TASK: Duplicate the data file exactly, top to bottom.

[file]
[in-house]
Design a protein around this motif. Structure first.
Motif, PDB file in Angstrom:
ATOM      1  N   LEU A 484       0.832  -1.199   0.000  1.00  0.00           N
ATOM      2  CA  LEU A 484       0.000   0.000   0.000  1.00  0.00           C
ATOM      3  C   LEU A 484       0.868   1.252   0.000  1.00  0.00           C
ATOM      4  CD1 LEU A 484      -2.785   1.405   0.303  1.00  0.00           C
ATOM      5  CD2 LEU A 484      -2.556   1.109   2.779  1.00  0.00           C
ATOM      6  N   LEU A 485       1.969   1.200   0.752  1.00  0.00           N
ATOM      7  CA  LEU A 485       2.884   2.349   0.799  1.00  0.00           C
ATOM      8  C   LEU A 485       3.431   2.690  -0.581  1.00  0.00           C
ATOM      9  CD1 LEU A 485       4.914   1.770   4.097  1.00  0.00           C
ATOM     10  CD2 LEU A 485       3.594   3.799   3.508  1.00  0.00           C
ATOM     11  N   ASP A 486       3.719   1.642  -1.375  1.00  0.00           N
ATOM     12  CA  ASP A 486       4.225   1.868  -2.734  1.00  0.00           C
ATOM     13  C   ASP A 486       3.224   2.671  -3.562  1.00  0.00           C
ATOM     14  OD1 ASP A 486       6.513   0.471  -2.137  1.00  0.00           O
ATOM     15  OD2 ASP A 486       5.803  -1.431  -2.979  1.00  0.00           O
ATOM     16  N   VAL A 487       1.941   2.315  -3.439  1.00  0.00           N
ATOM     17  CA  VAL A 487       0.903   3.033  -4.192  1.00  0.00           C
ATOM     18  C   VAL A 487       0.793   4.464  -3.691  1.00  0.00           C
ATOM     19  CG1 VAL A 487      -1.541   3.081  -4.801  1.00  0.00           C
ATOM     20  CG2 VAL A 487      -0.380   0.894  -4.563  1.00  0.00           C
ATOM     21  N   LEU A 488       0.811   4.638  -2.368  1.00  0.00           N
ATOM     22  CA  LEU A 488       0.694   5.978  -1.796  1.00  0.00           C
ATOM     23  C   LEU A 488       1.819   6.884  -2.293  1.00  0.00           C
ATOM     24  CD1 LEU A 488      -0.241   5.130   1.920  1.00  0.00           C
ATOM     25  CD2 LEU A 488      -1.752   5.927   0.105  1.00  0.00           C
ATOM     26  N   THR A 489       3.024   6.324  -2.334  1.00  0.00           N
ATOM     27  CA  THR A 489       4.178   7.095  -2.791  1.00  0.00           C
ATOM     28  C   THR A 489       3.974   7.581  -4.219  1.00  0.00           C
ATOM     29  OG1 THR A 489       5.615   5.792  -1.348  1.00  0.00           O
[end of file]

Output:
[in-house]
Design a protein around this motif. Structure first.
Motif, PDB file in Angstrom:
ATOM      1  N   LEU A 484       0.832  -1.199   0.000  1.00  0.00           N
ATOM      2  CA  LEU A 484       0.000   0.000   0.000  1.00  0.00           C
ATOM      3  C   LEU A 484       0.868   1.252   0.000  1.00  0.00           C
ATOM      4  CD1 LEU A 484      -2.785   1.405   0.303  1.00  0.00           C
ATOM      5  CD2 LEU A 484      -2.556   1.109   2.779  1.00  0.00           C
ATOM      6  N   LEU A 485       1.969   1.200   0.752  1.00  0.00           N
ATOM      7  CA  LEU A 485       2.884   2.349   0.799  1.00  0.00           C
ATOM      8  C   LEU A 485       3.431   2.690  -0.581  1.00  0.00           C
ATOM      9  CD1 LEU A 485       4.914   1.770   4.097  1.00  0.00           C
ATOM     10  CD2 LEU A 485       3.594   3.799   3.508  1.00  0.00           C
ATOM     11  N   ASP A 486       3.719   1.642  -1.375  1.00  0.00           N
ATOM     12  CA  ASP A 486       4.225   1.868  -2.734  1.00  0.00           C
ATOM     13  C   ASP A 486       3.224   2.671  -3.562  1.00  0.00           C
ATOM     14  OD1 ASP A 486       6.513   0.471  -2.137  1.00  0.00           O
ATOM     15  OD2 ASP A 486       5.803  -1.431  -2.979  1.00  0.00           O
ATOM     16  N   VAL A 487       1.941   2.315  -3.439  1.00  0.00           N
ATOM     17  CA  VAL A 487       0.903   3.033  -4.192  1.00  0.00           C
ATOM     18  C   VAL A 487       0.793   4.464  -3.691  1.00  0.00           C
ATOM     19  CG1 VAL A 487      -1.541   3.081  -4.801  1.00  0.00           C
ATOM     20  CG2 VAL A 487      -0.380   0.894  -4.563  1.00  0.00           C
ATOM     21  N   LEU A 488       0.811   4.638  -2.368  1.00  0.00           N
ATOM     22  CA  LEU A 488       0.694   5.978  -1.796  1.00  0.00           C
ATOM     23  C   LEU A 488       1.819   6.884  -2.293  1.00  0.00           C
ATOM     24  CD1 LEU A 488      -0.241   5.130   1.920  1.00  0.00           C
ATOM     25  CD2 LEU A 488      -1.752   5.927   0.105  1.00  0.00           C
ATOM     26  N   THR A 489       3.024   6.324  -2.334  1.00  0.00           N
ATOM     27  CA  THR A 489       4.178   7.095  -2.791  1.00  0.00           C
ATOM     28  C   THR A 489       3.974   7.581  -4.219  1.00  0.00           C
ATOM     29  OG1 THR A 489       5.615   5.792  -1.348  1.00  0.00           O